'Table 19': Film Review
Anna Kendrick stars alongside Lisa Kudrow, Craig Robinson and June Squibb in Jeffrey Blitz's comedy about a group of outcast wedding guests.
The quickest-witted and most endearing of comic actresses, Anna Kendrick has a recent track record of being decisively better than the movies she’s in. Table 19, an innocuous but misguided mess written and directed by Jeffrey Blitz from a story by Mark and Jay Duplass, continues the trend.
Mixing touchy-feely, sub-Sundance quirk, a studio comedy’s penchant for pratfalls and dick jokes, and unabashed John Hughes nostalgia, the film crowds its leading lady with a busy ensemble and too much plot. That’s a shame, since all we really want to do is watch Kendrick flirt, scheme and talk her way into and out of trouble.
As Eloise, a maid of honor turned unwanted guest at her best friend’s big fat Midwestern wedding — she’s demoted after the bride’s brother Teddy (Wyatt Russell) breaks up with her — the actress is in full command of her gifts: She nails one-liners and emotions with equal precision, and reminds us what a first-rate physical performer she can be (by turns klutzy and graceful, but always in character). Alas, Table 19 is one of those comedies so enamored of its own elevator pitch — Eloise finds herself seated with the losers the newlyweds felt obligated to invite but hoped wouldn’t come — that it neglects to nurture its central figure; Kendrick is constantly forced to compete with the movie’s gimmick.
That gimmick comes in the form of the motley crew assigned, along with Eloise, to the titular table: bickering married diner owners Jerry and Bina (Craig Robinson and Lisa Kudrow); elderly busybody Jo (June Squibb), the bride’s childhood nanny; white-collar criminal Walter (Stephen Merchant), who’s just out of prison and not ready to talk about it; and desperately horny teen Renzo (Tony Revolori).
Bitter about her place on the seating chart, and smarting at the sight of Teddy getting cozy with the replacement maid of honor (Amanda Crew), Eloise ditches her fellow pariahs to banter with dreamy Aussie wedding crasher Huck (Thomas Cocquerel). But when he sneaks off into the night, our heroine hunkers down for some The Breakfast Club-style bonding with her tablemates.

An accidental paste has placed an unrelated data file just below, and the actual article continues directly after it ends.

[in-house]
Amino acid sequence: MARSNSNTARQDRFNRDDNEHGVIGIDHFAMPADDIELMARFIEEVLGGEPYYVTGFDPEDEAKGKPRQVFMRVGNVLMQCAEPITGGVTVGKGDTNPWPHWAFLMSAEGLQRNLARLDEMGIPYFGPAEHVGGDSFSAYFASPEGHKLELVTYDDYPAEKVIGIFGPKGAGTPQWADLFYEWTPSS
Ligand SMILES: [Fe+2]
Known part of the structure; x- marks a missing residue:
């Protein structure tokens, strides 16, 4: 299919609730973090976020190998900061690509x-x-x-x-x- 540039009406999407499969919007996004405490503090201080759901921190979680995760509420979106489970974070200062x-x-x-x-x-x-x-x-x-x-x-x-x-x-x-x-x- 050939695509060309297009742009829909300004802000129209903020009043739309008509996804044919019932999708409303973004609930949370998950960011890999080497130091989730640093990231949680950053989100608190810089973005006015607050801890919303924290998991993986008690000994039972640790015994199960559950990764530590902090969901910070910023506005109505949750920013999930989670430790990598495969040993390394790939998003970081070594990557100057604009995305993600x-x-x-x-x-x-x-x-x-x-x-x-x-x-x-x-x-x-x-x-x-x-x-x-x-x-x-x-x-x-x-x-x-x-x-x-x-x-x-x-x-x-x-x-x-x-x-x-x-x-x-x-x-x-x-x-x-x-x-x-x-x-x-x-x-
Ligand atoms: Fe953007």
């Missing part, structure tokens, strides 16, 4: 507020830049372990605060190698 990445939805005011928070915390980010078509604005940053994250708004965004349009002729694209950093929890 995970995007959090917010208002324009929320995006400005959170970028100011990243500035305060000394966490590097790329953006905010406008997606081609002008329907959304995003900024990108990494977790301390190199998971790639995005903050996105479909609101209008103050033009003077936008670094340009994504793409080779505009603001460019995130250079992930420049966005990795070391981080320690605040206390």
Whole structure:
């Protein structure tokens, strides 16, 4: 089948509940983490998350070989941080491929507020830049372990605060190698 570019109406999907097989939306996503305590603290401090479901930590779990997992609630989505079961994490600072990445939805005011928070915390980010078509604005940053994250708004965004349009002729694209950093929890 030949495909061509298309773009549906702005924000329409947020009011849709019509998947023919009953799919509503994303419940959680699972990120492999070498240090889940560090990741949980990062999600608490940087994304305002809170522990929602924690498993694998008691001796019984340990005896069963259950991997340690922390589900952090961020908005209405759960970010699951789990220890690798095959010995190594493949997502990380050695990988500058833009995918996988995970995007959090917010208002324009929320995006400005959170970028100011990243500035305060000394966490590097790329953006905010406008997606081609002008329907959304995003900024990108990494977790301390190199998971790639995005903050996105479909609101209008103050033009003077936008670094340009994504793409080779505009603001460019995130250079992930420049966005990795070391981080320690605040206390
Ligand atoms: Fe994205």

Unfortunately, with the possible exception of Kudrow’s vividly unhappy Bina, those tablemates are comic stick figures who never amount to much more than the brief aforementioned character descriptions. That’s in no way the fault of the talented cast, all of whom hustle like consummate pros. But aside from a handful of amusing lines (including one about Googling “topless Helen Mirren”) and a good gag or two (as an additional indignity, Bina’s outfit is identical to that of the wait staff), the filmmakers go for low-hanging fruit; any laughs inspired by the ever-adorable Squibb extolling the virtues of “dope” and pulling a pipe out of her purse can hardly be considered well-earned.
Given the over-conceptualized, underwritten misfits at the film’s center, it’s no surprise that the two supporting players who excel here are on the fringes of the main action. Russell (who, as the pothead pitcher, practically sauntered away with Richard Linklater’s Everybody Wants Some!!) is so distinctively shifty in the first two-thirds of Table 19 that it's hard to buy the character's final-act evolution. And, playing the boozy mother of the bride, the incomparable Becky Ann Baker (Lena Dunham’s mom on HBO’s Girls) does a spectacularly off-key rendition of Etta James’ “At Last” — complete with mic drop — that makes you wish the whole movie were about her.
Blitz, who directed the delightful spelling bee doc Spellbound (2002) and the so-so indie Rocket Science (2007), also with Kendrick, doesn’t attempt much visually, nor does he give the material the kind of snap it could have used. Moreover, he struggles with the tonal shifts that accompany a big midstory reveal and some climactic heart-to-hearts, too often resorting to folk rock on the soundtrack for emotional shortcuts.
The filmmaker does pull off a lovely, refreshingly un-talky scene that finds Eloise and Huck dancing to the wedding band’s cover of Cyndi Lauper’s aching synth ballad “All Through the Night.” Eloise holds Huck close, attempting to make Teddy jealous (it works), but also giving in to the possibility of romance with her hunky new suitor. It’s a small, human moment, and one you wouldn’t find in a coarser, more industrially processed mainstream comedy. Table 19 may be a misfire, but at least it’s a hand-crafted misfire.
Production company: 21 Laps
Distributor: Fox Searchlight
Cast: Anna Kendrick, Craig Robinson, June Squibb, Lisa Kudrow, Stephen Merchant, Tony Revolori, Wyatt Russell, Amanda Crew
Director-writer: Jeffrey Blitz, from a story by Mark and Jay Duplass
Producers: Shawn Levy, Dan Cohen, P. Jennifer Dana, Mark Roberts
Executive producers: Jeremy Kipp Walker, Ross Jacobson, Tom McNulty, Sheldon Rabinowitz
Director of photography: Ben Richardson
Production designer: Timothy David O'Brien
Editor: Yana Gorskaya
Costume designer: Peggy Stamper
Music: John Swihart
Casting: Rachel Tenner
Rated PG-13, 87 minutes